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EPA MOVES TO PRIVATIZE CORPORATE ENVIRONMENTAL OVERSIGHT
Release Date: 05/06/1996
BOSTON - The Environmental Protection Agency's (EPA) New England office today unveiled StarTrack, a program to privatize corporate environmental compliance assurance -- relying on professional third-party auditors rather than EPA inspectors -- while encouraging companies to go beyond what environmental laws require.
StarTrack encourages participants to use environmental compliance and management system audits to prevent pollution and improve environmental quality and to have their environmental results certified by an independent third party and reported to EPA and the public. New England's Environmental Leadership Program is the first regional voluntary program to reward businesses, non-profit organizations, and government agencies who agree to achieve greater protection of the environment than what the law requires. EPA offers incentives to all ELP and StarTrack participants including multi-media facility permits; enforcement amnesty; reduced inspections; and public recognition.
"StarTrack is a giant step toward a smarter, more efficient way to achieve greater environmental protection. It has the potential to revolutionize the way we do business at EPA," said DeVillars. "We have the opportunity to create a whole new class of environmental professionals who monitor environmental performance for EPA in the same way that certified public accountants monitor fiscal performance for the Securities Exchange Commission. By having high performing companies commit to credible, honest third-party audits of their environmental performance, we can shift EPA resources to areas where we will receive greater environmental returns on the taxpayers' investment."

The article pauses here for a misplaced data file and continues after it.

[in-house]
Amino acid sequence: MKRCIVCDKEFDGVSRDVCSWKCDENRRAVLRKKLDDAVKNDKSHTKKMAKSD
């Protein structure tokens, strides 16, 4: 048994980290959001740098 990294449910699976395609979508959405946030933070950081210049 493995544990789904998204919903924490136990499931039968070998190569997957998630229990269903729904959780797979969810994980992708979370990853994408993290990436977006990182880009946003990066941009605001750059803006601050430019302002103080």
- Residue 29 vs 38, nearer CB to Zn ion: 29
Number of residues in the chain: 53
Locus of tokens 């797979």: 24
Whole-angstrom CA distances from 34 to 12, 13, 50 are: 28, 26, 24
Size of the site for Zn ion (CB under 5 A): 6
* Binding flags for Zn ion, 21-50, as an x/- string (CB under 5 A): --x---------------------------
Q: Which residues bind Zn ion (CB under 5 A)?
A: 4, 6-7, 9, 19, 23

StarTrack is based on the fact that many of those that EPA regulates in New England are in compliance with environmental laws, meaning that a high level of scrutiny and oversight by EPA achieves little benefit for the environment. In the privatized system, a qualified third party reviews a company's environmental management systems, including a review of compliance audits and correction mechanisms, and certifies a company's high performance in a public report. In exchange, EPA will grant enforcement relief to certified companies, reduce federal inspections, and in effect, redirect federal resources to more critical areas of environmental concern.
ELP participants were selected because they have demonstrated a strong commitment to environmental compliance, integrated an environmental ethic into their management structure, policies and activities, demonstrated a firm commitment to pollution prevention, and carried out substantial environmental programs. To be considered for this program, a company's efforts must result in environmental improvements above and beyond the requirements of the law.
EPA selected eight companies to pilot the first phase of the StarTrack initiative under the rubric of the Environmental Leadership Program. The companies are:
- E G & G Electro-Optics of Salem - Salem, Mass.
- Spalding Sports Worldwide - Chicopee, Mass.
- Texas Instruments Inc. Materials and Controls Group - Attleboro, Mass.
- International Paper Androscoggin Mill - Jay, Maine
- Sanders, A Lockheed Martin Company - Nashua, N.H.
- Petroleum Heat and Power Co. Inc. - Canton and E. Hartford, Conn.
- Whyco Chromium Co. Inc. - Thomaston, Conn.
- Chesebrough-Ponds USA Co. - Clinton, Conn.
- Crittenton Hastings House - Boston
- Digital Equipment Corporation - Maynard, Mass.
- Lockheed Martin Defense Systems - Pittsfield, Mass.
- Fletcher Allen Health Care - Burlington, Vt.
- IBM - Essex Junction, Vt.
- U.S. Postal Service Hartford Vehicle Maintenance Facility - Hartford, Conn.
- The United Illuminating Co. - New Haven, Conn.
- Maine Energy Recovery Company - Biddeford, Maine
- Cranston Print Works Company - Cranston, R.I.
- Veryfine Products Inc. - Westford, Mass.